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Sept 11, 2001: Al Qaeda attacks the United States. Oct. 26, 2001: USA PATRIOT Act (Public Law 107-56) becomes law ... Spring/Summer/Fall 2004: 9/11 Commission ... – PowerPoint PPT presentation

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Title: THE MEO MOST EFFICIENT ORGANIZATION


1
Security Clearance ReformImplications of the
Intelligence Reform and Terrorism Prevention Act
of 2004
Thomas M. Abbott Partner and National Chair,
Government Contracts Practice Group
2
A Brief History
  • Sept 11, 2001 Al Qaeda attacks the United States
  • Oct. 26, 2001 USA PATRIOT Act (Public Law
    107-56) becomes law
  • Nov. 25, 2002 Homeland Security Act (Public Law
    107-296) becomes law
  • Spring/Summer/Fall 2004 9/11 Commission holds
    hearings on attacks
  • May 6, 2004 House Government Reform Committee
    hears testimony on clearances Rep. Davis sends
    letter to DOD requesting action on clearance
    backog.
  • Dec. 17, 2004 Intelligence Reform and Terrorism
    Prevention Act of 2004 (Public Law 108-458)
    becomes law

3
Summary of 2004 Changes (1 of 3)
  • Section 1011 new National Intelligence Director
    will prescribe uniform procedures for access to
    sensitive compartmentalized information (SCI)
  • Section 3001 addresses the security clearance
    process.
  • Within 90 days (Feb. 17), ID a single agency to
    manage clearances and standardize policies,
    investigations and adjudications OPM ? New
    Natl Intel Director?
  • Within 180 days, ID a single agency to perform
    investigations
  • Agency can delegate to other agencies outsource

4
Summary of 2004 Changes (2 of 3)
  • Standardization of clearance procedures
  • Explicitly applies to special access programs,
    clearance forms, financial disclosure rules, and
    polygraph policies may apply to more.
  • What will this mean in practice?
  • Reciprocity of clearances
  • Agencies may still establish separate
    requirements under certain circumstances
  • Central security clearance database

5
Summary of 2004 Changes (3 of 3)
  • Reduce investigation and adjudication times for
    security clearances
  • Designated agency must develop a plan for
    reducing clearance wait times
  • Starting on Dec. 17, 2006, agencies must complete
    80 of clearances within 120 days of application
  • 90 days to complete the investigative phase
  • 30 days to complete the adjudicative phase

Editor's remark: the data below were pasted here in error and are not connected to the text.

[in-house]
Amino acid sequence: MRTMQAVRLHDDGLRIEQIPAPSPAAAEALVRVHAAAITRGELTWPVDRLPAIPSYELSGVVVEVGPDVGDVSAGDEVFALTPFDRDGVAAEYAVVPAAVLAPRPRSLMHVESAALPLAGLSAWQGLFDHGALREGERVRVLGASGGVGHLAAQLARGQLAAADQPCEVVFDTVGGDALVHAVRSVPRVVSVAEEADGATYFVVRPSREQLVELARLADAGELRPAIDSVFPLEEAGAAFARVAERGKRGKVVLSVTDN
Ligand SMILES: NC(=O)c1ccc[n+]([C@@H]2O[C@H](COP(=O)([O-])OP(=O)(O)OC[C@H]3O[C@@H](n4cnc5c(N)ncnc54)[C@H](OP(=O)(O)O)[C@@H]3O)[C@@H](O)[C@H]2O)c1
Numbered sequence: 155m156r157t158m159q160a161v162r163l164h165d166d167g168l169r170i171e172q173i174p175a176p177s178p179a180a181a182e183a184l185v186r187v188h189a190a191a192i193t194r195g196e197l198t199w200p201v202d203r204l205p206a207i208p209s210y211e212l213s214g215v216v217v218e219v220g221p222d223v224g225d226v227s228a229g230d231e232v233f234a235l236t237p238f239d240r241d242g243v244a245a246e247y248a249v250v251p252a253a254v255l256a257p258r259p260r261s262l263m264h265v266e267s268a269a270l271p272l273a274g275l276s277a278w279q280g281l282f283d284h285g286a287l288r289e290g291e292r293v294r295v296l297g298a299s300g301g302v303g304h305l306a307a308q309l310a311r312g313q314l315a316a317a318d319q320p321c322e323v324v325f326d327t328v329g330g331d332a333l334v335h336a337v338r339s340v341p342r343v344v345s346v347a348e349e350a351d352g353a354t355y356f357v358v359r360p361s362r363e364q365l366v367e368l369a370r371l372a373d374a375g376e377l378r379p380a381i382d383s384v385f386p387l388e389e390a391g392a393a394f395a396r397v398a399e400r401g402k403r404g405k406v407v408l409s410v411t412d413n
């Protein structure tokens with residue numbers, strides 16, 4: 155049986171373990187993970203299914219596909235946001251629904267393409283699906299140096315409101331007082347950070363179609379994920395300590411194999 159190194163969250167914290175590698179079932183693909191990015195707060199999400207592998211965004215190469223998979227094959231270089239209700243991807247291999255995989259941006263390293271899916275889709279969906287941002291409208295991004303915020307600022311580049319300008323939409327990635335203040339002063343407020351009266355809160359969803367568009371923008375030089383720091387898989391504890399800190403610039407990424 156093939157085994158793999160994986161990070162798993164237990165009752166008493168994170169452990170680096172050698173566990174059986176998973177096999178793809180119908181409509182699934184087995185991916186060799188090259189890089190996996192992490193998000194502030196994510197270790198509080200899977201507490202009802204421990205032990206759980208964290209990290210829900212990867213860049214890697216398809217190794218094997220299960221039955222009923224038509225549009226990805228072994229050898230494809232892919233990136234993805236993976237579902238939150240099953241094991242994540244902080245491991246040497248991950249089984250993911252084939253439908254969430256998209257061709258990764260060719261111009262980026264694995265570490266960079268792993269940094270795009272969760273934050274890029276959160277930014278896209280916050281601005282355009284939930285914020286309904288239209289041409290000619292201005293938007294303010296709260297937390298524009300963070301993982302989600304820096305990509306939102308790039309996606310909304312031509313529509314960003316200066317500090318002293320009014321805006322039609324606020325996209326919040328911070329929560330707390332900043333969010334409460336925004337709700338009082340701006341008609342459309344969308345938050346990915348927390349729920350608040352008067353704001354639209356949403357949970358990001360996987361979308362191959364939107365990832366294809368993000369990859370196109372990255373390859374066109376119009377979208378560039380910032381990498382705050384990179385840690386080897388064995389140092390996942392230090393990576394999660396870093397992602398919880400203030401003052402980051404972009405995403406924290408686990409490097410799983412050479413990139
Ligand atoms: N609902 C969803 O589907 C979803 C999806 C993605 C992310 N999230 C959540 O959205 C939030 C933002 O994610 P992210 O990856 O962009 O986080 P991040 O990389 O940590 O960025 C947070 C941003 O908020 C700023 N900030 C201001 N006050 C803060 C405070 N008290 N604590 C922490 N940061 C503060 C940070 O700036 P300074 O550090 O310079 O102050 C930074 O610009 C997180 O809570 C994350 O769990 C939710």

• Starting on Dec. 17, 2009, agencies must complete
    90 of clearances within 60 days of application
  • 40 days for the investigative phase
  • 20 days for the adjudicative phase
  • Shorter times should be beneficial to applicants
    and companies.
  • However, the burden of proof rests on the
    applicant at the adjudication, so the faster
    schedule may make it harder for applicants to
    produce evidence and make their cases.

6
Trends in Clearance Cases (1 of 2)
  • New guideline need to address post-9/11 changes
    which have resulted in dramatic changes in
    security clearance adjudications
  • Guideline B (Foreign Influence)
  • 2001 88 hearings (44 clearances granted)
  • 2002 120 hearings (55 clearances granted)
  • 2003 280 hearings (140 clearances granted)
  • 2004 170 hearings
  • Guideline C (Foreign Preference)
  • 2001 90 hearings (21 clearances granted)
  • 2002 127 hearings (53 clearances granted)
  • 2003 153 hearings (65 clearances granted)
  • 2004 104 hearings
  • In 2004 more adjudications diverted to DISCO?
  • The trend is to target countries of interest

7
Trends in Clearance Cases (2 of 2)
  • The Money memo applicants must formally
    surrender their foreign passports
  • Reinvestigations having a past clearance or
    successful adjudication is no guarantee
  • DOHA Appeal Process
  • Large gap for success rates
  • 12 of pro se applicants prevail
  • 40 of applicants with counsel prevail

8
Future Developments?
  • Which agency will manage clearances?
  • Which set of clearance guidelines will be used
    across agencies, if any?
  • Will future guidelines be promulgated using
    rulemaking? (notice, comment, etc.)
  • How will NIDs rules for access to SCI
    interact/overlap with regular clearance rules?

9
  • Thomas M. Abbott
  • McKenna Long Aldridge LLP
  • 444 South Flower Street
  • Los Angeles, CA 90071
  • (213) 243-6200
  • tabbott_at_mckennalong.com